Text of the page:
Robert Wilonsky | Dallas Morning News
Dwaine Caraway answered the phone Thursday afternoon. That was once unremarkable, but it is not something he does for reporters anymore. And, likely, it is not something he will be allowed to do within a matter of days. Which might be why he wanted to talk now, though he sounded tired and ill, all the bounce of his familiar baritone deflated.
"Oooh, I ain't never seen so many dark days as I'm looking at now."
That is how he answered. No time, I guess, for pleasantries, only facts, plain and awful facts. Because he was right. They are coming, the dark days, barreling down.
On April 5, the longtime Dallas City Council member who briefly served as this city's acting mayor will be sentenced to prison for admitting to accepting $450,000 in bribes and kickbacks from the men responsible for the downfall of Dallas County Schools. How much time he will get, Caraway and his attorney Michael Payma will not know until sometime after 1:30 p.m. on a Friday now in plain sight.
"Only God knows," said the 66-year-old Oak Cliff native, who pleaded guilty in August to wire fraud and tax evasion, charges he said he never saw coming even while being interviewed by federal agents.
God knows — but so, too, does U.S. District Judge Barbara M.G. Lynn, who will set his sentence, just as she did for one-time Mayor Pro Tem Don Hill in February 2010 after a jury found him guilty. Lynn punished Hill with 18 years behind bars for accepting bribes worth a fraction of a fraction of what Caraway pocketed. Hill served just seven years of that sentence before prostate cancer killed him, days after he was granted "compassionate" release from a federal prison in North Carolina.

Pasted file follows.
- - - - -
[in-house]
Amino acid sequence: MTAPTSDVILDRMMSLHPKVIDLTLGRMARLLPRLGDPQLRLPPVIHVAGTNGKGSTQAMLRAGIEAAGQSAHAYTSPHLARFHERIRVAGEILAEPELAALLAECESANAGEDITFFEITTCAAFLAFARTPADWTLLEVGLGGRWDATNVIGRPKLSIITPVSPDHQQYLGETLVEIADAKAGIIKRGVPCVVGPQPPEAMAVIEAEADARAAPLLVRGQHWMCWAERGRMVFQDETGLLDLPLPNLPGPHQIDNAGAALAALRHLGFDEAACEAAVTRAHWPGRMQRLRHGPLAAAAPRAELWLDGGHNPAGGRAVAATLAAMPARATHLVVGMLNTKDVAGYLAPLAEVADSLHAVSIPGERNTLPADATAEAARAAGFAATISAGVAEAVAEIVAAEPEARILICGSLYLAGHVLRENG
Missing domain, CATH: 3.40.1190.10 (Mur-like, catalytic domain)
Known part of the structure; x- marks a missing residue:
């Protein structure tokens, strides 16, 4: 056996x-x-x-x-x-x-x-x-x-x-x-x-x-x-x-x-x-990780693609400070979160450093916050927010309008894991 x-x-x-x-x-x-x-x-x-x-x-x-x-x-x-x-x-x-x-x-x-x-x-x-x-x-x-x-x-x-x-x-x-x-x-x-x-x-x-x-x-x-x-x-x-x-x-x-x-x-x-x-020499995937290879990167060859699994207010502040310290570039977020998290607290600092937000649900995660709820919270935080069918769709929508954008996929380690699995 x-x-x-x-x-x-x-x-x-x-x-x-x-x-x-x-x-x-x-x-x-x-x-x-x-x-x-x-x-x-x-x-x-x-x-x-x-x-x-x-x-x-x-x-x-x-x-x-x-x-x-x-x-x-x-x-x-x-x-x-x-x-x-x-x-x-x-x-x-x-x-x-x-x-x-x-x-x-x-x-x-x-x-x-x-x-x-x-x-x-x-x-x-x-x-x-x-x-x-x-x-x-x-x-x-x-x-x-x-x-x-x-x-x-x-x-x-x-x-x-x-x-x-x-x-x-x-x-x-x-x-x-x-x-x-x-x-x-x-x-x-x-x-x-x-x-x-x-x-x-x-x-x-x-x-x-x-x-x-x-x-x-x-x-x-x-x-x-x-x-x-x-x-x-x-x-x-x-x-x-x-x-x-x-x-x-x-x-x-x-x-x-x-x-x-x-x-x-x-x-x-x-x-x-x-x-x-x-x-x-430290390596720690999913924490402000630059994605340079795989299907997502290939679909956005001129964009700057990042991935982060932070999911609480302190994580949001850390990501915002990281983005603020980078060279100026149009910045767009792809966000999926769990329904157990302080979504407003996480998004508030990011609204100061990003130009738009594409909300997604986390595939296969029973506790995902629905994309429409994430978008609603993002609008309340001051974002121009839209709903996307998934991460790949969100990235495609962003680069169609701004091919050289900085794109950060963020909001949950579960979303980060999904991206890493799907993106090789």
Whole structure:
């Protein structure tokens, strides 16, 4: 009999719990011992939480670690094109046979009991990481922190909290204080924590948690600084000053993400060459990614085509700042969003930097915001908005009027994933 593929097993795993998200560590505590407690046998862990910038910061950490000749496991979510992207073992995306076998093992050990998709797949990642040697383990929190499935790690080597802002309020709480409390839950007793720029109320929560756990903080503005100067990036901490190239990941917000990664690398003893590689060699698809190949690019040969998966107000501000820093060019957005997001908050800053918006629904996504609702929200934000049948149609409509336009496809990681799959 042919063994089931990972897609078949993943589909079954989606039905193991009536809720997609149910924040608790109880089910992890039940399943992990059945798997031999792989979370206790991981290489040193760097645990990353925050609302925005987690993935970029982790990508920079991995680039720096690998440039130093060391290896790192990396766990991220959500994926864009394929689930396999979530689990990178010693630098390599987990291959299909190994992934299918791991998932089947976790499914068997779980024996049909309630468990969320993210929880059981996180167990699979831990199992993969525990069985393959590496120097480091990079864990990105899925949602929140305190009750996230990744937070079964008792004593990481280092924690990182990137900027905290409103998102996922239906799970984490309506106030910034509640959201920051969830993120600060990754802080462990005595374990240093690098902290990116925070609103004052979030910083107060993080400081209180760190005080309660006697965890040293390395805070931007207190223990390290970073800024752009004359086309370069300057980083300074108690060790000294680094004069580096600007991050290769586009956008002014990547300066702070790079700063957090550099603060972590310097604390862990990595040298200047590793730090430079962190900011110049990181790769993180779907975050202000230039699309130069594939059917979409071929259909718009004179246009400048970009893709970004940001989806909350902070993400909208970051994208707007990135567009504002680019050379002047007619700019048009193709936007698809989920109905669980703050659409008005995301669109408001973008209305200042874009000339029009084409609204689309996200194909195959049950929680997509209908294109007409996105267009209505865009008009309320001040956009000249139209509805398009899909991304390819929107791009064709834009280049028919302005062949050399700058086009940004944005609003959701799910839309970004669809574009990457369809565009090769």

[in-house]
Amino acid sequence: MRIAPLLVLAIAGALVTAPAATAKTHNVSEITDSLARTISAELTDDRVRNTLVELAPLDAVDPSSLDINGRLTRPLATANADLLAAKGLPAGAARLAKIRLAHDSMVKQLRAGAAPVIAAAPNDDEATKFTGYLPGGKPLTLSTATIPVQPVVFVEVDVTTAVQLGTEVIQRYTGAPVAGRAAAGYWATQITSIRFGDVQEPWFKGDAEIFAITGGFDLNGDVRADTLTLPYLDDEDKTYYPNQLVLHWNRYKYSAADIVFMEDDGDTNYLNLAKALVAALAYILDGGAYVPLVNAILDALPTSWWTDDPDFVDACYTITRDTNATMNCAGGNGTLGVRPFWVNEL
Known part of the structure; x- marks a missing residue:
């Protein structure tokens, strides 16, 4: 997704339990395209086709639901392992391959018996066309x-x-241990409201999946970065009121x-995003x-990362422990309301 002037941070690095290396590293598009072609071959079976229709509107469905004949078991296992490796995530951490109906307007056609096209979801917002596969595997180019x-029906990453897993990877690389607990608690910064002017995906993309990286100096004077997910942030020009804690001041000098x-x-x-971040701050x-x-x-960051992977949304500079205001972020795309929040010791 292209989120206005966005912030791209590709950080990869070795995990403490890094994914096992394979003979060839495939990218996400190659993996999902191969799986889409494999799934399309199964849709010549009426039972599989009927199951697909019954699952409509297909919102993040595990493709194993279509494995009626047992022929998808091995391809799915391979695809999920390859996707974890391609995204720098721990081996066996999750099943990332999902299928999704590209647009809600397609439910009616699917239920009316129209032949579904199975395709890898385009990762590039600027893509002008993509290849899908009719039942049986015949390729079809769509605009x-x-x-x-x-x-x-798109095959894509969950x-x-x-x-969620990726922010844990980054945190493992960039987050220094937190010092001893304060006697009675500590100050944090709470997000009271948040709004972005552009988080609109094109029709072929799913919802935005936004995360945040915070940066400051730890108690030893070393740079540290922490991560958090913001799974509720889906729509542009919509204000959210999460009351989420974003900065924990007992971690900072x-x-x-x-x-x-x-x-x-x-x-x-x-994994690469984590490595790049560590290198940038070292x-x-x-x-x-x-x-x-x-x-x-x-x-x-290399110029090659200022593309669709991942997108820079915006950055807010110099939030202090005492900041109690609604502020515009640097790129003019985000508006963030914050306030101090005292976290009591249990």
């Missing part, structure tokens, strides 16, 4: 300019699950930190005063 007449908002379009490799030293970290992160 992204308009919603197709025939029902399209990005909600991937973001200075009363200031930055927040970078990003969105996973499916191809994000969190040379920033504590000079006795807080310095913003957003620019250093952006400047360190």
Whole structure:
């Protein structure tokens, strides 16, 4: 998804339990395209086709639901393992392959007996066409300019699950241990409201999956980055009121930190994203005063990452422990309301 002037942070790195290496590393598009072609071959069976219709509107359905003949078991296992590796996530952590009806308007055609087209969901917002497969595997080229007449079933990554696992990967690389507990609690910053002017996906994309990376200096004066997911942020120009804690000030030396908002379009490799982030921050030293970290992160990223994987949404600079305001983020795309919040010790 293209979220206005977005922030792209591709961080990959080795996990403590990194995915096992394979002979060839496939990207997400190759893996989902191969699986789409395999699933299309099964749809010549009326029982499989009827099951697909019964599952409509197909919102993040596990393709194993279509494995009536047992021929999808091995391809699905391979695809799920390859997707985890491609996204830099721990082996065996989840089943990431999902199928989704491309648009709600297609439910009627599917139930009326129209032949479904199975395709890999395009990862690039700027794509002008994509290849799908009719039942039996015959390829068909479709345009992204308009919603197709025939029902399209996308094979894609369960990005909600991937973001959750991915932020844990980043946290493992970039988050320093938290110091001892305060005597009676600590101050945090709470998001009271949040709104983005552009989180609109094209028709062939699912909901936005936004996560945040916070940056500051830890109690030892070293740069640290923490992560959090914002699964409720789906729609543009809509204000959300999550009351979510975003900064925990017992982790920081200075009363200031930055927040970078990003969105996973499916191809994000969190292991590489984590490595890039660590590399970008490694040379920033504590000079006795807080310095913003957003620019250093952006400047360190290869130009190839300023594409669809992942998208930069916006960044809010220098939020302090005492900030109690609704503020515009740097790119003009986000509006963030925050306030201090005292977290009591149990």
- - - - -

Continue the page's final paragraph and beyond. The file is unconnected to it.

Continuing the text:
Though Caraway pleaded guilty, sparing this city the sordid spectacle of yet another corruption trial, and though he has cooperated with the feds in ways we don't yet completely know, there is good reason to believe Lynn will give him every second of the seven years to which he and federal prosecutors agreed. In February, Caraway's attorneys and federal prosecutors asked Lynn to push his sentencing, initially set for last December, to late summertime. For reasons she kept to herself, the judge later refused.
Perhaps, Caraway now says with the sad shrug of inevitability, that was for the best.
"I want to put things behind me and get to the point where this is a bad dream that happened," he said. "It has been the worst time in my life. I cry every day — almost crying now. I dealt with it so I ...," he paused. "It's a different type of burning feeling on the inside that's as terrible as ever. Eating at you, saying, 'You know, things were really moving right, how did I get here?' Of all people, how did I get here?"
There is, of course, an easy answer to that simple question.
Caraway got here by collecting and hiding hundreds of thousands of dollars from con men who wanted his help making millions using worthless stop-arm cameras affixed to school buses. He took his dirty money — "consulting fees," as if — in checks cashed at liquor stores and pawn shops, in trips to Las Vegas and New Orleans and Austin, in fancy suits and gambling chips and security cameras and loans that were never going to be paid back.
According to Bob Leonard, who owned the camera company that collected tens of millions from DCS, Caraway never hid his intentions. In his own guilty plea made public the same day as Caraway's, Leonard said Caraway told him, "I am the City Council."